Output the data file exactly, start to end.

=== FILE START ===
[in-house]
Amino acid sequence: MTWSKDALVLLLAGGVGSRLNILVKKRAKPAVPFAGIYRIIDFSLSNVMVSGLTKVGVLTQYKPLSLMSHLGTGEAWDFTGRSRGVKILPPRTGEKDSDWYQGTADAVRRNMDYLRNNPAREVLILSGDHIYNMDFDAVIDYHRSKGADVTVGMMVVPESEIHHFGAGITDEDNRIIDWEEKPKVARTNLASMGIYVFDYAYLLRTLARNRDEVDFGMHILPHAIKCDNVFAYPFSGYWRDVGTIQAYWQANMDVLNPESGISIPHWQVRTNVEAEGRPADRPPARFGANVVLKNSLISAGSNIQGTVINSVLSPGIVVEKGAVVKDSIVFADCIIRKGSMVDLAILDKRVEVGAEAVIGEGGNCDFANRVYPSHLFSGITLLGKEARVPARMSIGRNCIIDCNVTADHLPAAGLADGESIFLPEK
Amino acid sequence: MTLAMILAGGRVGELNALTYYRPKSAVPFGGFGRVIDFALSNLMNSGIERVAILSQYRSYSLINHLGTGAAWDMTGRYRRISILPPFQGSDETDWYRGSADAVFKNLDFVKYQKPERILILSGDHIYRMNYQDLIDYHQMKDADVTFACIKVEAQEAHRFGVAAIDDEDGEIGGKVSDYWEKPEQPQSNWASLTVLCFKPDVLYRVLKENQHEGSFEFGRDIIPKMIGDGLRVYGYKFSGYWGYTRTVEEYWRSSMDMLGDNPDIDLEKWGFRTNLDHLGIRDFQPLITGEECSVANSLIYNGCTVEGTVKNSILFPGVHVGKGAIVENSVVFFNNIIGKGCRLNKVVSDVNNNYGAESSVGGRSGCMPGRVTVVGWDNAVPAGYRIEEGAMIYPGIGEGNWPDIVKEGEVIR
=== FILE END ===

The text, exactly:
[in-house]
Amino acid sequence: MTWSKDALVLLLAGGVGSRLNILVKKRAKPAVPFAGIYRIIDFSLSNVMVSGLTKVGVLTQYKPLSLMSHLGTGEAWDFTGRSRGVKILPPRTGEKDSDWYQGTADAVRRNMDYLRNNPAREVLILSGDHIYNMDFDAVIDYHRSKGADVTVGMMVVPESEIHHFGAGITDEDNRIIDWEEKPKVARTNLASMGIYVFDYAYLLRTLARNRDEVDFGMHILPHAIKCDNVFAYPFSGYWRDVGTIQAYWQANMDVLNPESGISIPHWQVRTNVEAEGRPADRPPARFGANVVLKNSLISAGSNIQGTVINSVLSPGIVVEKGAVVKDSIVFADCIIRKGSMVDLAILDKRVEVGAEAVIGEGGNCDFANRVYPSHLFSGITLLGKEARVPARMSIGRNCIIDCNVTADHLPAAGLADGESIFLPEK
Amino acid sequence: MTLAMILAGGRVGELNALTYYRPKSAVPFGGFGRVIDFALSNLMNSGIERVAILSQYRSYSLINHLGTGAAWDMTGRYRRISILPPFQGSDETDWYRGSADAVFKNLDFVKYQKPERILILSGDHIYRMNYQDLIDYHQMKDADVTFACIKVEAQEAHRFGVAAIDDEDGEIGGKVSDYWEKPEQPQSNWASLTVLCFKPDVLYRVLKENQHEGSFEFGRDIIPKMIGDGLRVYGYKFSGYWGYTRTVEEYWRSSMDMLGDNPDIDLEKWGFRTNLDHLGIRDFQPLITGEECSVANSLIYNGCTVEGTVKNSILFPGVHVGKGAIVENSVVFFNNIIGKGCRLNKVVSDVNNNYGAESSVGGRSGCMPGRVTVVGWDNAVPAGYRIEEGAMIYPGIGEGNWPDIVKEGEVIR